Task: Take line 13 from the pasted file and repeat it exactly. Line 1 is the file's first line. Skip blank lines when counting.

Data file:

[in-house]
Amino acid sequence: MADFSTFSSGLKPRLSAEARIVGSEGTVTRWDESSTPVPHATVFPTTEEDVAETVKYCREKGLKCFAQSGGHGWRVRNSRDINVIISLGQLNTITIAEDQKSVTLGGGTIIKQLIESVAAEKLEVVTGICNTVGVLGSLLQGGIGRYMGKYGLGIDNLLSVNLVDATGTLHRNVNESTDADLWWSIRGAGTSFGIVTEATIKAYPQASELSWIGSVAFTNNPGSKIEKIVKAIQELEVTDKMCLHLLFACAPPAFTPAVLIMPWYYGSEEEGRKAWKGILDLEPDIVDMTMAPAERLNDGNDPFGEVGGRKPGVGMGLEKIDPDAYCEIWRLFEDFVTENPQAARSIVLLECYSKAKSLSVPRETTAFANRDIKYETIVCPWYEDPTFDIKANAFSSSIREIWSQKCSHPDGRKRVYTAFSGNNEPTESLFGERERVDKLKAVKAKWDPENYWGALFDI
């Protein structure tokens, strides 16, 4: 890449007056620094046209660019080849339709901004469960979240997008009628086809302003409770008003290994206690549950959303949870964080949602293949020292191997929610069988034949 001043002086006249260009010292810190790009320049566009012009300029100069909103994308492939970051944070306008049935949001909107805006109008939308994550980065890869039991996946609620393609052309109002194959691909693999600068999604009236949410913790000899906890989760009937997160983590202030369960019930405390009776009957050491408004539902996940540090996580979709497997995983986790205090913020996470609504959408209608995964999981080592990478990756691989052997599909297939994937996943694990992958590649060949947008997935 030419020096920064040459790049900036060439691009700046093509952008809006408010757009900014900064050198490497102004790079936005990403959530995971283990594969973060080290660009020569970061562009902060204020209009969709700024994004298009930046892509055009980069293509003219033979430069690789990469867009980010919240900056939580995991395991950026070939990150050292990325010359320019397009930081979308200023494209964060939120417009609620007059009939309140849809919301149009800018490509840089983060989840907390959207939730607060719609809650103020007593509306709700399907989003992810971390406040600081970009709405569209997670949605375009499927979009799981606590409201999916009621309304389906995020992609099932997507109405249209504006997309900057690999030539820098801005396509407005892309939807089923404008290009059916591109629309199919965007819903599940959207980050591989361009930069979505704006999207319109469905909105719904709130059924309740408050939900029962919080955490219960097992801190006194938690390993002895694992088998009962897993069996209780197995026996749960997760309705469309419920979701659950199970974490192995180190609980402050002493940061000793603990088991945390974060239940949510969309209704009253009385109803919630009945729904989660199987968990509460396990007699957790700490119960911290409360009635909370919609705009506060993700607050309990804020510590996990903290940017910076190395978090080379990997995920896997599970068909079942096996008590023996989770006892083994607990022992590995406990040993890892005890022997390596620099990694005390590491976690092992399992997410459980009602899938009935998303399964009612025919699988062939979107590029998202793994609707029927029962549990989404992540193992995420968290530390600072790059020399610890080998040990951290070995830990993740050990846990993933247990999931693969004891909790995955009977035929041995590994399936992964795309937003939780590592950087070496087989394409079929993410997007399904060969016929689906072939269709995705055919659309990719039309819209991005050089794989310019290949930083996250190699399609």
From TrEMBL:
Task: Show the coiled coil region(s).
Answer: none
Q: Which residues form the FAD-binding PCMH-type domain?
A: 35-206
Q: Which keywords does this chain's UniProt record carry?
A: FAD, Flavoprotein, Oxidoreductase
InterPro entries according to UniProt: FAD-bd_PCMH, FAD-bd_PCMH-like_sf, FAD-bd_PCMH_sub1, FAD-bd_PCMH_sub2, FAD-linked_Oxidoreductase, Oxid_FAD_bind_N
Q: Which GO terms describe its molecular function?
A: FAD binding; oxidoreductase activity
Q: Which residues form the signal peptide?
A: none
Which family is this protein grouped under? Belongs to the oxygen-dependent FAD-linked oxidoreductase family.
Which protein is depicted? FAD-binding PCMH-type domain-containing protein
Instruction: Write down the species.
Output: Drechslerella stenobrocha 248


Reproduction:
A: FAD binding; oxidoreductase activity